For better or worse, the puzzles here are reminiscent of Silent Hill in terms of their overall vagueness. Unless you’re paying close attention to details in your surroundings, or stumble upon clues as a result of pure luck, prepare to be stumped more often than not. I did get a sense of satisfaction when I’d finally decipher their riddles, but don’t be surprised if you find yourself looking up the solutions online. There’s no shame in that, really.
Of course there’s also the occasional run-in with creepy monsters, but with no weapons at her disposal Claire’s only defense is running away and/or finding a safe place to hide. In addition to taking damage from monsters, you’ll have to manage Claire’s panic level, which, when high enough, can actually kill her on the hardest difficulty setting.
Being stalked by creatures or hiding from ones nearby can raise her panic levels, causing her to take additional damage. This can be remedied with certain consumables, with more interesting ones (notably the caffeine pills) restoring health at the cost of an increased state of panic. Those not wanting to experience the added stress can elect to play on an easier difficulty setting that ignores the panic system altogether.
The inventory system, while manageable, also gets in the way at times. Claire is equipped with a pretty decent amount of space to carry around restoratives, quest items, and lockpicks, but there’s no way to discard unwanted items — consumables can be used to free up space, but at one point I was walking around with 4 lockpicks, three quest items, and little room for items that restore panic or lost health.
You can’t tell what an item is until you pick it up either, so toward the tail end of my initial playthrough I found myself wasting consumables just to avoid passing up potential story items. Most of the time it was just another consumable.
The menu isn’t very responsive either, with some items taking 4 or 5 button presses to activate.
These issues probably sound far worse than they actually are, though. In the six hours it took to complete the game for the very first time, I was far more interested in piecing together Claire’s past, admiring the enchanting-yet-eldritch sound composition, and exploring the beautifully sinister environments masterfully pixellated by the folks at Hailstorm Games.
Silent Hill is my favorite horror franchise, without question. Claire: Extended Cut may come with its share of flaws, particularly in its map and inventory systems, but it successfully hearkens back to what made Konami’s first four entries so special, and does so in a way that no other horror game has managed to do before it.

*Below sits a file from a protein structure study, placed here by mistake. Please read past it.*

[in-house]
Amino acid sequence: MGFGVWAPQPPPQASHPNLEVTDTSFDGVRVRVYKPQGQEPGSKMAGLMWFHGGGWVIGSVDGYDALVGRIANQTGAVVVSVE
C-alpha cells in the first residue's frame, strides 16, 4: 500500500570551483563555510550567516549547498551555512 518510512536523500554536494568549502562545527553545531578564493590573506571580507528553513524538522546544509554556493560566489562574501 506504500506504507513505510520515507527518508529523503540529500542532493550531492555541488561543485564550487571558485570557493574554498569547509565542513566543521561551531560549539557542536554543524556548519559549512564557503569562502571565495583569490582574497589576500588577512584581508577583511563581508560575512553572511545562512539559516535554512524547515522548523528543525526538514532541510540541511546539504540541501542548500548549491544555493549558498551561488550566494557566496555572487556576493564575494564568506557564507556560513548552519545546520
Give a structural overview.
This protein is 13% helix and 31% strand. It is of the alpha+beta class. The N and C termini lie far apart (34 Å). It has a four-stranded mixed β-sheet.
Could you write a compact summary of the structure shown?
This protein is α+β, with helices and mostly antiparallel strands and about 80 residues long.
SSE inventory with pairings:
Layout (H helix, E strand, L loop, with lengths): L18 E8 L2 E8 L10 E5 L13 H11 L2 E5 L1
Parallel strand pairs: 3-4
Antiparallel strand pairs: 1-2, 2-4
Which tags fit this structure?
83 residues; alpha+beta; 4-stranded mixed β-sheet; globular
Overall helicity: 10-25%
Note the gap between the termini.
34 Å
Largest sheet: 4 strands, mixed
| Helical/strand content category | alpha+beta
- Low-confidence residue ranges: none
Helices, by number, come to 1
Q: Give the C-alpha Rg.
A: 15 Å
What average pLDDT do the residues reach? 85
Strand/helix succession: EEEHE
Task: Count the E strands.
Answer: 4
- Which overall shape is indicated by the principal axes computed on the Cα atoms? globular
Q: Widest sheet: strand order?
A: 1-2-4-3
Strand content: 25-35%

Claire initially released on PC in 2014, so what exactly makes the Extended Cut on consoles the Extended Cut? I spoke with the game’s composer (David Mason) via Twitter, and he explained “Basically it’s an entire engine upgrade. So the lightning, shadows, particle effects, etc are all new. A lot of visual updates and eye candy that we originally wanted from the start but the engine wouldn’t allow it. On top of the eye candy upgrades there were various story changes. The script was changed so dialogue was reworded a bit to make more sense. There’s more “time travel” elements between Claire and little Claire. Overall the EC is just more fleshed out and expanded. Things we wanted to do before but couldn’t due to various reasons. Time, engine limitations, etc.”
So if you’ve already experienced Claire on PC, you’ve more than enough reason to revisit it on consoles.
*So where’s the final score? There isn’t one. I spent a lot of time conveying my opinion in the above text, and I hope that’s worth more to you than some arbitrary number or a sequence of shaded-in star shapes. Basically, I’m not a fan of scores so I no longer use them. Read the review and judge for yourself if the game is worth your time and money.
Full disclosure: This review was done using a PlayStation 4 copy of Claire: Extended Cut that was provided by the game’s developer, Hailstorm Games. While I’m sometimes given games to review, I pride myself on providing unbiased reviews to fellow consumers, along with constructive feedback to hard working developers and publishers. Whether or not I pay for the game is completely irrelevant.